This is my course review for CSE 390 at the University of Washington. I took the course in autumn 2014 with Stuart Reges (as part of CSE 142), and in winter 2015 with Adam Blank (as part of CSE 143). Below I will talk about my experience from autumn 2014; for my experience from winter 2015, see CSE 390 (for CSE 143).
CSE 390 was by far the most enjoyable course of the quarter. The university doesn’t seem to have strict guidelines for how professors conduct the course, so I suspect the course differs significantly depending on the professor with whom one takes the course.
As Reges discussed during the first meeting, the course sessions were divided roughly in two parts: the first half would be a discussion based on a book we would read throughout the quarter (for us, it was Our Final Invention: Artificial Intelligence and the End of the Human Era), while the other half would be a discussion about a topic related to computer science chosen by Reges.
He said to the effect that during his years at Stanford, what he remembered most from his one math class was a TA (or professor?) who would talk about all of the ideas that interested him—so that this course is an attempt for Reges to “recreate the experience”.
Barrat’s book was a bit basic for me, since I had already been reading LessWrong for several years prior to the course. The content seemed a bit repetitive, and often the arguments seemed to be based solely on Barrat’s opinion (which seemed dubious, since he is apparently a documentary maker, and not an expert in AI). Reges, as well as the class, seemed to find the content repetitive as well. Although Reges did say that superintelligence is something we have to be concerned about, I got the impression that the class was unconvinced by the idea of a superintelligence.
Topics that were discussed
As best as I can remember (I forgot to keep a written list), here are all the topics discussed in the second half of each session, roughly in chronological order.
- Reges discussed the topic “What is a meme?”
- Reference to Richard Dawkins
- We also read Robert Frost’s “The Road Not Taken”, though I forget the reason we did this
- Introduction to the idea of meta (Reges’ personal obsession)
- The question posed was: which of there is more, knowledge or meta-knowledge?
- Muddy children or blue eyes puzzle: see the relevant xkcd page
- Dunbar’s number; what makes humans unique?
- I think the question was something like “Why do animals know so much when they’re born, but humans don’t know anything when they’re born?”
- The idea that humans have culture
- Card trick
- Reges gives the anecdote that in one class where he posed the card trick, two students figured it out: one who had solved the puzzle on their own, and one who was resourceful enough to Google “Reges card trick” …
- This also happens to be the same one given by Yishan Wong in his answer to “What’s the hardest puzzle question asked at PayPal?”
Modular arithmetic and RSA encryption
- Rubik’s cube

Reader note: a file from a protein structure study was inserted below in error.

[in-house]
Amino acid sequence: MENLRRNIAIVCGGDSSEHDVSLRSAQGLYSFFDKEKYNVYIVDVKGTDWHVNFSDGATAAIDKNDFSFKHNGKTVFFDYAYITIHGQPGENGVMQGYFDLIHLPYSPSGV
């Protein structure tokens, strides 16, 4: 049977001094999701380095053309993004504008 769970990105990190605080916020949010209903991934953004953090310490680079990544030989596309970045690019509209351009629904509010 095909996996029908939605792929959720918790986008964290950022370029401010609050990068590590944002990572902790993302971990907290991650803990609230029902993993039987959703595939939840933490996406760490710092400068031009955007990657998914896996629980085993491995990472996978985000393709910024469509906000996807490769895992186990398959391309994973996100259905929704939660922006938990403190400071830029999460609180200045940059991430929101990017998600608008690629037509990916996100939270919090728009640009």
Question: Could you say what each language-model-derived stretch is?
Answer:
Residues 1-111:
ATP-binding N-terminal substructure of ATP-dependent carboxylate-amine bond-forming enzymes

- We listed some properties of the Rubik’s cube
- Automata/Turing machine
- We used jflap to make an automaton that figured out if a string was palindromic or not (I think)
- Lack of American pride
- This one was not really CS, but was amusing nonetheless. Essentially, Reges brought in a bunch of books published in the year 1900(?—I think, or perhaps it was 1901), and asked us to take a look through them. The thrust was: we found their American exceptionalism, pride, etc., comical; so Reges posed the question: in 100 years, what will people find comical about us? He gave the thought-experiment of trying to imagine a poster in a second grade classroom that said “The 20th century was the American century.”—and how most people would object to this being placed in the classroom (e.g. “it’s propaganda!”)—but also that no one could really deny this. His conclusion was that in 100 years, people will find our reluctance to be proud to be comical.
- History of mathematics (I think this is basically all covered in Logicomix):
- Is human communication digital or analogue?
- Chinese whispers
- His main point was that language is digital; i.e. that if one wanted to make an exact copy of a message, one could2. However, he also argued that prior to language, people communicated in an analogue fashion, using grunts, pointing at things, etc. He said that whenever people way “oh I just can’t quite express my feelings” they are essentially saying that on a visceral or analogue sense they understand, but that they can’t “encode” the feeling digitally. Another example in this category he gave was when people say “I know exactly how you feel”.
Perhaps what made the course entertaining was a number of anecdotes Reges told about famous people he had interacted with (including Peter Thiel and Steve Jobs).
Watch out for this proof though; Reges might neglect the fact that some reals can be represented in multiple ways in the decimal system. I pointed this out to him, and he admitted that he likes the subset proof better.↩
For this reason, he argued vehemently that most people get the wrong message from Chinese whispers, namely that humans are bad at copying messages. What the message should be, according to Reges, is that in principle, i.e. given enough motivation to try, humans can succeed at the game.↩